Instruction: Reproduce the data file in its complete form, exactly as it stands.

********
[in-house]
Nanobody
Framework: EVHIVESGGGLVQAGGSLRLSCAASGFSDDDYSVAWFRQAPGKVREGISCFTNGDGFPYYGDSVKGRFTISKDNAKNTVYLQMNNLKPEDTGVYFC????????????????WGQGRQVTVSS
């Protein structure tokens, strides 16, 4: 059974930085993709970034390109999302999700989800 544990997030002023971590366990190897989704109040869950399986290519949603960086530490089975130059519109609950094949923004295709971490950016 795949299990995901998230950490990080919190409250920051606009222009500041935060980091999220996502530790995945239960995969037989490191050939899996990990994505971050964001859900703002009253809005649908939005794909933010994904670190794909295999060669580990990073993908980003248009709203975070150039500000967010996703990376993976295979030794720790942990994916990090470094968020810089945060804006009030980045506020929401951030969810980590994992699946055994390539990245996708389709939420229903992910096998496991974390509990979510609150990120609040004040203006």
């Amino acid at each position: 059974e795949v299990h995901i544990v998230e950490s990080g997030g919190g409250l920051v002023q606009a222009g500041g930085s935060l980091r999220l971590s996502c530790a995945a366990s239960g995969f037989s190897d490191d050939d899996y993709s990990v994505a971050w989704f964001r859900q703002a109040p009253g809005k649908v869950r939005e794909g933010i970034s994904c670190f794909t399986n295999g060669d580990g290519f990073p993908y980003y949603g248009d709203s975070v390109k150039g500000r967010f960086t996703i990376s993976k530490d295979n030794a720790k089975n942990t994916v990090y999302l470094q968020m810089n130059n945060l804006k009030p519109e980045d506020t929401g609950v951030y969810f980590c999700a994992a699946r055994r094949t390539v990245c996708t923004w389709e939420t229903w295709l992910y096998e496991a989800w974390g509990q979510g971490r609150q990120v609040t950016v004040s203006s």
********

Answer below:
[in-house]
Nanobody
Framework: EVHIVESGGGLVQAGGSLRLSCAASGFSDDDYSVAWFRQAPGKVREGISCFTNGDGFPYYGDSVKGRFTISKDNAKNTVYLQMNNLKPEDTGVYFC????????????????WGQGRQVTVSS
């Protein structure tokens, strides 16, 4: 059974930085993709970034390109999302999700989800 544990997030002023971590366990190897989704109040869950399986290519949603960086530490089975130059519109609950094949923004295709971490950016 795949299990995901998230950490990080919190409250920051606009222009500041935060980091999220996502530790995945239960995969037989490191050939899996990990994505971050964001859900703002009253809005649908939005794909933010994904670190794909295999060669580990990073993908980003248009709203975070150039500000967010996703990376993976295979030794720790942990994916990090470094968020810089945060804006009030980045506020929401951030969810980590994992699946055994390539990245996708389709939420229903992910096998496991974390509990979510609150990120609040004040203006």
């Amino acid at each position: 059974e795949v299990h995901i544990v998230e950490s990080g997030g919190g409250l920051v002023q606009a222009g500041g930085s935060l980091r999220l971590s996502c530790a995945a366990s239960g995969f037989s190897d490191d050939d899996y993709s990990v994505a971050w989704f964001r859900q703002a109040p009253g809005k649908v869950r939005e794909g933010i970034s994904c670190f794909t399986n295999g060669d580990g290519f990073p993908y980003y949603g248009d709203s975070v390109k150039g500000r967010f960086t996703i990376s993976k530490d295979n030794a720790k089975n942990t994916v990090y999302l470094q968020m810089n130059n945060l804006k009030p519109e980045d506020t929401g609950v951030y969810f980590c999700a994992a699946r055994r094949t390539v990245c996708t923004w389709e939420t229903w295709l992910y096998e496991a989800w974390g509990q979510g971490r609150q990120v609040t950016v004040s203006s």